12. This endorsement is contrary to the unequivocal terms of the PSA, in evidence
over Plaintiff’s objection, which required all intervening endorsements be affixed to the face of the note because there was ample room for endorsements on the face of the note. There is also no evidence the endorsement was affixed before the originator went out of business in 2008.

13. The Court finds unclean hands in the AOM and undated endorsement reflect a
transaction that never happened, and could never happen for a securitized trust.

14. The Court accepts the testimony of Defendant’s well qualified expert witness,
Kathleen Cully, who explained the securitization model which required the protection of assets from future bankruptcy clawbacks. There could be no direct sale from the originator to the trust directly.

15. The Court accepts Ms. Cully’s testimony that Securitization always required a
sale from the Depositor acting as a “middleman” between the originator and the Trust to provide bankruptcy remoteness in the event the originator went bankrupt.

B. Unclean Hands For Violating the Court’s Discovery Order Despite
Plaintiff’s Representations That It Fully Complied With That Order

16. The Court also finds unclean hands in Plaintiff’s failure to comply with the
Court’s Discovery Order of April 27, 2015.

17. In that order, the Court overruled plaintiff’s blanket objections and found no basis
for Plaintiff to object to providing any discovery under Fla. Stat. 655.059.

18. The Court then ordered Plaintiff to provide (1) the final executed documents
evidencing the chain of title for the subject loan; (2) all records of any custodian related to the chain of custody of the note; and (3) all records showing how and when the specific endorsement on the promissory note was created.

19. On January 14, 2016, the Court’s Order on Defendant’s Motion for Sanctions for
Deposition Abuses and Violations of the Court’s Order Compelling Discovery reflected:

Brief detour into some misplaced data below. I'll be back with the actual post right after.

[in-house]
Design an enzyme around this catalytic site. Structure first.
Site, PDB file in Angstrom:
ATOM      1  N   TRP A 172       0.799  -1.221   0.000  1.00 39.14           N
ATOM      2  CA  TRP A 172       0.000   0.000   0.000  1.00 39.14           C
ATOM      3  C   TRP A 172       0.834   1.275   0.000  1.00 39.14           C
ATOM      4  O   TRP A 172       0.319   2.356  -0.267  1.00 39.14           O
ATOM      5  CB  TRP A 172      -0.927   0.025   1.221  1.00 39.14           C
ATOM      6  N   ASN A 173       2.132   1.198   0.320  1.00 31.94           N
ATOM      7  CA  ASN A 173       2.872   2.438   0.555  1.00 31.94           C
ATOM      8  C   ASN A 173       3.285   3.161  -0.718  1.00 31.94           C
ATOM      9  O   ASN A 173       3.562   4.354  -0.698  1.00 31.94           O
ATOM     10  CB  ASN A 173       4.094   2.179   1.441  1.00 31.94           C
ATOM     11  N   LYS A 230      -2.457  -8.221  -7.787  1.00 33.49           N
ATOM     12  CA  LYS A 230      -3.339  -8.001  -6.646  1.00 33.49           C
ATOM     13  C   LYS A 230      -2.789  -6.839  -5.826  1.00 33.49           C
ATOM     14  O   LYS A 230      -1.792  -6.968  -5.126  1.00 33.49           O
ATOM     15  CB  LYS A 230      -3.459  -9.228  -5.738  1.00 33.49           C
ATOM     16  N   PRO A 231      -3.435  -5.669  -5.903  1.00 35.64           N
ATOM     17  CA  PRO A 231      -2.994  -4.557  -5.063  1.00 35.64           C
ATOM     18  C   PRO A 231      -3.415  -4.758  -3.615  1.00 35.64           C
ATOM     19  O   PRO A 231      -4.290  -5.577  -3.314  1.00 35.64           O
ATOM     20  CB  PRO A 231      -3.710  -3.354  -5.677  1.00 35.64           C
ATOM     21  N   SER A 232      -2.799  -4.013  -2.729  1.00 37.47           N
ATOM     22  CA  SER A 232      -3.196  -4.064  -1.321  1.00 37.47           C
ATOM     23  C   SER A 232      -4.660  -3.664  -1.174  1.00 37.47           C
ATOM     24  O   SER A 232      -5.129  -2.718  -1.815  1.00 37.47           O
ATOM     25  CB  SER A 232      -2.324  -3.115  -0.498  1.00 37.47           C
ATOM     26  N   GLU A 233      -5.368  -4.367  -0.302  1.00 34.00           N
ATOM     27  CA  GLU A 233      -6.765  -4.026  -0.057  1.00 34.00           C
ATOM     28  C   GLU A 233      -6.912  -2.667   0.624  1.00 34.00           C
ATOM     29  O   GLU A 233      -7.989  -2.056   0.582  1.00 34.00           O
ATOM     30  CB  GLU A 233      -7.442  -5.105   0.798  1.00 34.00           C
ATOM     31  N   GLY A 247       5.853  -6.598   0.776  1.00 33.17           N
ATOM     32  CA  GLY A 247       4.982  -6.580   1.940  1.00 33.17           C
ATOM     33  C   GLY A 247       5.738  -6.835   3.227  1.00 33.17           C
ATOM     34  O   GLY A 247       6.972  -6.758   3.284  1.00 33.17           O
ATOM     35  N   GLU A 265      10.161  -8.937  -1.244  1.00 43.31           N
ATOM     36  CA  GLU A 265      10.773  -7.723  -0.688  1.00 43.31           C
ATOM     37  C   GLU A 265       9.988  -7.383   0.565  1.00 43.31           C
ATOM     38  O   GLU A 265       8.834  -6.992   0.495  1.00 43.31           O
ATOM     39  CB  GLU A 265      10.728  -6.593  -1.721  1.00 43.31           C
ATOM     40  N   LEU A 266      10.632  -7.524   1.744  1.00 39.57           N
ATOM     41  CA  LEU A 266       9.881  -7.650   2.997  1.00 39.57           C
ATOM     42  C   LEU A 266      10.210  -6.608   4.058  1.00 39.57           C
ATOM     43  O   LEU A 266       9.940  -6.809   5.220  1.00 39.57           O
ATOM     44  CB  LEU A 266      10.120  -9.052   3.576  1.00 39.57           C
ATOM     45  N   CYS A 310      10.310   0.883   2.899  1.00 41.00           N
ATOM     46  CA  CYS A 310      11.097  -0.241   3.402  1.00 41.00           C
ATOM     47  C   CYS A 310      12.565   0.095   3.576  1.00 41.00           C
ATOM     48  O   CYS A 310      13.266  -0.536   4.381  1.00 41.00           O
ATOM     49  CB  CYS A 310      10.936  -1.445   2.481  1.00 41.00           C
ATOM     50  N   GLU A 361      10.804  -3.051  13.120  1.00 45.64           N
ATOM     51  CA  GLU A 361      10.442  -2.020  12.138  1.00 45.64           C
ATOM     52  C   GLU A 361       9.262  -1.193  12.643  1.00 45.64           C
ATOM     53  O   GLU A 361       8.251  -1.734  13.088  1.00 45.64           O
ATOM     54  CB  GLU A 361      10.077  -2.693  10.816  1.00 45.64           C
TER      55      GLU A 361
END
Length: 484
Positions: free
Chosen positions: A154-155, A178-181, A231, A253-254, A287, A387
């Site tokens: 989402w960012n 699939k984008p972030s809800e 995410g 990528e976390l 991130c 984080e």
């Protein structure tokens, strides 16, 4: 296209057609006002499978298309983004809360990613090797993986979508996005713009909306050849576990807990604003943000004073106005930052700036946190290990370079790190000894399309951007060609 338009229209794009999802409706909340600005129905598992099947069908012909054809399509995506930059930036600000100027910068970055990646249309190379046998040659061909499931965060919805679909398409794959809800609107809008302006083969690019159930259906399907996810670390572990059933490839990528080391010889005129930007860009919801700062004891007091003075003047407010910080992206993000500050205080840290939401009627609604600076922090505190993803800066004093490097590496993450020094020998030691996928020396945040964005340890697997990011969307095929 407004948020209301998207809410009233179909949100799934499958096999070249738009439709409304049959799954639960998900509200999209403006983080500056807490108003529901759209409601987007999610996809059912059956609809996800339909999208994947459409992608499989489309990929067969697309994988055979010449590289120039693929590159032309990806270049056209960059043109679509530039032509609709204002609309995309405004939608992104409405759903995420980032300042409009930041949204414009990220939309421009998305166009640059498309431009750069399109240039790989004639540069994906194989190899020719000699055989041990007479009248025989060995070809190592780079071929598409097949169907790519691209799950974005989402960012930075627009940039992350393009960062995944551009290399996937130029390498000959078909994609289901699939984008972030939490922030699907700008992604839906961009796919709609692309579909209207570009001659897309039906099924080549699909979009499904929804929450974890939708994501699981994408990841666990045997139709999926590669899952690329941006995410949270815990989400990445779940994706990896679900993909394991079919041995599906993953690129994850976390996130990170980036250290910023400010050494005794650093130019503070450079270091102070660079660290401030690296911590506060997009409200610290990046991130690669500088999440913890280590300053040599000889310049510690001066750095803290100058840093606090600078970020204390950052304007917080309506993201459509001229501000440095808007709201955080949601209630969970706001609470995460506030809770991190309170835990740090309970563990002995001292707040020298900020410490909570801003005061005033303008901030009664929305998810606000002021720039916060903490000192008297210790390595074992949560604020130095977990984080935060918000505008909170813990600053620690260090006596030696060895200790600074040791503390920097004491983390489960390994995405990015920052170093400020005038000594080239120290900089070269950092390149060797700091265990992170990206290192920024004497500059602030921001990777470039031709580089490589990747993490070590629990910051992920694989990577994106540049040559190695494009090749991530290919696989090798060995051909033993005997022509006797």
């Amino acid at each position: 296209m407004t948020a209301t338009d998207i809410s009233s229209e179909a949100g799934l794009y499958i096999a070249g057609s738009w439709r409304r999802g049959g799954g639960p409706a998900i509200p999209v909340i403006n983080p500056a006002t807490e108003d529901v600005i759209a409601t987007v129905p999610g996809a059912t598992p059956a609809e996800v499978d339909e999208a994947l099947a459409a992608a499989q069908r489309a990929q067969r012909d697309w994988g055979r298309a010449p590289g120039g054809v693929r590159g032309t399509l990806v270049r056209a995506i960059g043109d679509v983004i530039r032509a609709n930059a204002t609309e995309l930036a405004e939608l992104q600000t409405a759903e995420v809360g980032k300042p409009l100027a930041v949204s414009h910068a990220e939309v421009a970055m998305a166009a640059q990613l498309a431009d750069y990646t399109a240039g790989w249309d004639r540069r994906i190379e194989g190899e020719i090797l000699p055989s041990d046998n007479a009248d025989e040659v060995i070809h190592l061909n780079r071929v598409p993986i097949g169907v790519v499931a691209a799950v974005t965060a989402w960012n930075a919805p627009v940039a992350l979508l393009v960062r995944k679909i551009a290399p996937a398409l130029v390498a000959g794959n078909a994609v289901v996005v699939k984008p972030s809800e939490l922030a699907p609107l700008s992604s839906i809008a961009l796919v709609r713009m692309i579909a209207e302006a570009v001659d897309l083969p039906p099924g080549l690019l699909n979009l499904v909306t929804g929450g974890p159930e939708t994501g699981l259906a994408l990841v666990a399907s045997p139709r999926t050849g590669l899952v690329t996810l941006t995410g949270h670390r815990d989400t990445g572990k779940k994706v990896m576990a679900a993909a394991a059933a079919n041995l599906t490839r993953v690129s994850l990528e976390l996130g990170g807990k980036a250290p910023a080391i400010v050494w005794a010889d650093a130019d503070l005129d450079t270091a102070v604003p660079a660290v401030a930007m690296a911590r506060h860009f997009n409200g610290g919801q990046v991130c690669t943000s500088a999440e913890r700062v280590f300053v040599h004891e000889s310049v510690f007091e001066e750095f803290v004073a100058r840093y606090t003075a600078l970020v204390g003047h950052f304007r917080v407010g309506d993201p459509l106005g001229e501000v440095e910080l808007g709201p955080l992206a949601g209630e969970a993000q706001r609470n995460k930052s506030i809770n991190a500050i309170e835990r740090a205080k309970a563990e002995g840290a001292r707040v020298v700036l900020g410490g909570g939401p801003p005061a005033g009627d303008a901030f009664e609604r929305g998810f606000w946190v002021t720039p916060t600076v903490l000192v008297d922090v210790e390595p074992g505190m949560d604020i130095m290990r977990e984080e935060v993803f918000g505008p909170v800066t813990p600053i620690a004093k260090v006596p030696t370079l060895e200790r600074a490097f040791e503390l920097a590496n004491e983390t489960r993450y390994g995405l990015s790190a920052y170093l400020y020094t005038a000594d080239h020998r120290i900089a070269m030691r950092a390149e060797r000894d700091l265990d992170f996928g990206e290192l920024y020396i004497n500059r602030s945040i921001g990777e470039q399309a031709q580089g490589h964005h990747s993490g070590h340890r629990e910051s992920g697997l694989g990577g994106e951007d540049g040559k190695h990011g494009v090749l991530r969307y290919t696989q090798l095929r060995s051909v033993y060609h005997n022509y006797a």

“Plaintiff submits it has fully complied with the Court’s Order of April 27, 2015.”

20. At trial and deposition, Ms. Keeley admitted that Ocwen, Plaintiff’s servicer,
received the Order compelling discovery. However, Ms. Keeley could not testify to any action taken by Ocwen to obtain responsive documents admittedly under Plaintiff’s care, custody, and control. Defendant clearly established that Plaintiff did not comply with the discovery order.

21. The Court fails to comprehend why Plaintiff would not fully comply with the
Court’s Order compelling discovery when the evidence sought by the Defendant would actually assist Plaintiff in establishing the missing link in the chain of ownership in the endorsement and
assignment of mortgage.

22. The Court hereby enters an Order to Show Cause why Plaintiff should not
be Sanctioned for violating the Court’s order on April 27, 2015, after representing that it fully complied on or before January 14, 2016.

23. Moreover, the Court hereby enters an Order to Show Cause why Plaintiff
should not be sanctioned for the reasons set forth in Defendant’s Motion for Sanctions Under the Court’s Inherent Contempt Powers for Fraud Upon the Court filed on March 16, 2016.

24. Defendant is hereby ordered to conduct further discovery in support of these
orders to show cause and set an evidentiary hearing on them at the Court’s earliest
convenience.

II. Defendant’s Motion For Involuntary Dismissal Is Also Granted For
Plaintiff’s Failure to Prove Damages, Conditions Precedent, and Standing

25. At trial, Plaintiff produced Ms. Keeley as an “other qualified witness” to
introduce Ocwen’s business records in accordance with Fla. Stat. §90.803(6).

26. During her testimony, Ms. Keeley attempted to lay a predicate to introduce the
business records from Litton Loan Servicing, a prior servicer.

27. This Court fully understands and abides by analysis regarding prior servicer’s
records set forth in the Fourth DCA’s opinion in Bank of New York v. Calloway, 2015 WL 71816, 40 Fla. L. Weekly D173 (Fla. 4th DCA 2015)). In Calloway, the Fourth DCA held a trial court could exercise discretion to deem the prior servicer’s records trustworthy if there were evidence that during the loan boarding process, records were reviewed for accuracy. Id. at *8.

28. Notwithstanding the holding of the Fourth DCA, the Defendant challenges
Calloway citing to Professor Charles Ehrhardt, who warns against allowing the poor evidentiary practices in foreclosure courts to “erode the requirement of reliability upon which section 90.803 (6) and the other hearsay exceptions are premised.” 1 Fla. Prac., Evidence § 803.6 (2015 ed.). Professor Ehrhardt further argues: